Differing Messages Emerge on LED Streetlights

Public Works Newsflash

LED streetlight installation

Conflicting reports are shedding a new spotlight on light emitting diode (LED) streetlights, and Eugene civil engineers are paying attention. A recent guidance statement by the American Medical Association (AMA) argues blue-rich LED streetlights operate at a wavelength that suppresses melatonin during night and creates more nighttime glare than conventional lighting. However, the U.S. Department of Energy just released an article pointing out the issues are neither new nor restricted to LED technology.

The point of debate is the portion of the light in the “blue” spectrum, which the Department of Energy says can be roughly measured by correlated color temperature (CCT). Essentially, the lower the number the less “blue” light. However, at low CCTs, like the color of the conventional high pressure sodium bulbs, visibility can be distorted.

Public Works engineers just wrapped up a streetlight conversion project that led to the installation of nearly 5,000 LED fixtures, or about half of the City’s streetlights. As with any new information, they’re evaluating the statements from the AMA and the Department of Energy. Eugene engineers will also look into any new streetlight related research and monitor the reaction from cities across the country that also recently switched to LED lighting.

Part of the reasoning to replace the old bulbs came from a 2014 LED Streetlight Feasibility study. Engineers also looked at other cities that have recently moved to LED lights. They found people were more receptive to the neutral white lights that do contain some of the “blue” lighting.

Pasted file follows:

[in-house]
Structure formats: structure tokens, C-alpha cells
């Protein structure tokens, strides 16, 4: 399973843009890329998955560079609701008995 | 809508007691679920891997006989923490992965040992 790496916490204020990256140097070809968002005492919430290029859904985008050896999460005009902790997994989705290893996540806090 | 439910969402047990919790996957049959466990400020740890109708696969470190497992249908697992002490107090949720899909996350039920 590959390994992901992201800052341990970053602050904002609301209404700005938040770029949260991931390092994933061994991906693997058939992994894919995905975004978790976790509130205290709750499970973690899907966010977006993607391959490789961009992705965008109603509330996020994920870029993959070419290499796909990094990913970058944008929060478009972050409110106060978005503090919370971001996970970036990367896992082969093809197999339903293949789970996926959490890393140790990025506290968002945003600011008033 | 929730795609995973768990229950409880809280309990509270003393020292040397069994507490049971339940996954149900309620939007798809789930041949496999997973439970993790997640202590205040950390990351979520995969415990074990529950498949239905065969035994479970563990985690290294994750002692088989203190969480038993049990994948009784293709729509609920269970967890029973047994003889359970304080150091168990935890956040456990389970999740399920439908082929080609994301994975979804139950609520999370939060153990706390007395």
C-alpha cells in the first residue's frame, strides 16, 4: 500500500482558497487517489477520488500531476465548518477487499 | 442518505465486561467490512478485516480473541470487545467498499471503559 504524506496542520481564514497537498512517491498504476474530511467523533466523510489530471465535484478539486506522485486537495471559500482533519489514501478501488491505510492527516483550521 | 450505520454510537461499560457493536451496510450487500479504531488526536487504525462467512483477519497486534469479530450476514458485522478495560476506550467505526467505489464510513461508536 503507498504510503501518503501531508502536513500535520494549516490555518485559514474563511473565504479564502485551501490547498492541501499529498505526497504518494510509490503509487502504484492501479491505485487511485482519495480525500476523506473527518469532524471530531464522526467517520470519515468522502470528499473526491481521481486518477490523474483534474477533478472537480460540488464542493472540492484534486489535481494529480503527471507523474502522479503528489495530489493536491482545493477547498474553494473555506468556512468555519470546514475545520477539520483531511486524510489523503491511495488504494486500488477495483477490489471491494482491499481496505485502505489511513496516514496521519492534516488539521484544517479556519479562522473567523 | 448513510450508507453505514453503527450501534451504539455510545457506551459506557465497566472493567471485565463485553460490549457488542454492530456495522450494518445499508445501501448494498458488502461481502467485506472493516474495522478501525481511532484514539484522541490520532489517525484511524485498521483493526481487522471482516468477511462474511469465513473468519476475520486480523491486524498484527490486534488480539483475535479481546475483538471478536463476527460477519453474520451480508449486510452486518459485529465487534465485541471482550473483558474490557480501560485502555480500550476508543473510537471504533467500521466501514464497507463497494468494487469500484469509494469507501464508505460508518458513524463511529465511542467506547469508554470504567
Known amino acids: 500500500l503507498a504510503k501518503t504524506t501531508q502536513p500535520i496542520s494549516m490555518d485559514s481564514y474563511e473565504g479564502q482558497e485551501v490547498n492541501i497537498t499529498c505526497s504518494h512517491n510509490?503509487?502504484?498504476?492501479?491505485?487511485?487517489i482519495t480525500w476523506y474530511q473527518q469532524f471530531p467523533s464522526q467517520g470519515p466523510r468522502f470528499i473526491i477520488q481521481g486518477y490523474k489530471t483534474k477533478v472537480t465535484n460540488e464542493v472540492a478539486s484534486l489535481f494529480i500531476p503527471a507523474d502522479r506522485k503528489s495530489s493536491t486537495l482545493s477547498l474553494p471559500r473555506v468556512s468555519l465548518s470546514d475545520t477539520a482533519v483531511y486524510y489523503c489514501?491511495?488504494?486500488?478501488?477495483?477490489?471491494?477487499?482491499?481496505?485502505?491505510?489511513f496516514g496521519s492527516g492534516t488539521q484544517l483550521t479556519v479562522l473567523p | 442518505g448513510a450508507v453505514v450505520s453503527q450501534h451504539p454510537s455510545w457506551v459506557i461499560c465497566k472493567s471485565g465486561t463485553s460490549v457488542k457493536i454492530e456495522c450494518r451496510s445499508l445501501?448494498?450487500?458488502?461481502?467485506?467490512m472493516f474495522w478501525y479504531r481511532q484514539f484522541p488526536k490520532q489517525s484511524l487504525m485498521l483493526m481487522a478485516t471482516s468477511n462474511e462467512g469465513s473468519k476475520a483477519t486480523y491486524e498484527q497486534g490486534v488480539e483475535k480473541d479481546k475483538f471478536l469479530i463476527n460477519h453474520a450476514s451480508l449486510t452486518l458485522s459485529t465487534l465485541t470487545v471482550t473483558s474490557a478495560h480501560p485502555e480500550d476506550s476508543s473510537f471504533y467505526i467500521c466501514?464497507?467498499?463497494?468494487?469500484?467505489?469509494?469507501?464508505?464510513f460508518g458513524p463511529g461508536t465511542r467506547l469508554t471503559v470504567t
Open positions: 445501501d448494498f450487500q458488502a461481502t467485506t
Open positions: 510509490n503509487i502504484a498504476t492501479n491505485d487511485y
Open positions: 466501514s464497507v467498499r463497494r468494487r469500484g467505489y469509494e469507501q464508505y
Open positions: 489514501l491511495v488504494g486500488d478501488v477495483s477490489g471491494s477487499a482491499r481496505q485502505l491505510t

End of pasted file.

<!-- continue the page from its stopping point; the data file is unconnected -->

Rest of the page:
Because LEDs are more efficient than the bulbs they’re replacing, the streetlight replacement project is expected to save the City $3.3 million in energy and maintenance costs over the next 20 years.

Request Street Lighting

The installation of new lights is initiated by individual citizen requests, by neighborhood petition or at the request of a public agency such as the police department. Requests are kept on file and the information is used to develop future street lighting projects. When funding for the projects becomes available, the allocation of funds is based on the priority established by the lighting studies.

Before new lights are installed, the city hangs a notice on the door of the adjacent properties affected by the proposed installation, outlining the location of the street light and its design. A phone number is included with the letter to give property owners an opportunity to tell us whether or not they favor the installation. If property owners object to the light, Public Works staff will discuss alternatives with them and describe possible alterations, such as shielding around the lights. If opposition continues and no serious safety issues are involved, the City may not install the street light. However, property owners usually recognize the added security benefits and support the street lights when requested changes are made. More info…

Report Malfunctioning Street Light

Most street lights within the city limits are maintained by the City of Eugene. Street lights are replaced on a schedule to maintain illumination to promote safety within the community. If you need to report a street light that has burned out or need to report damage to a street light pole, please make a street light maintenance request.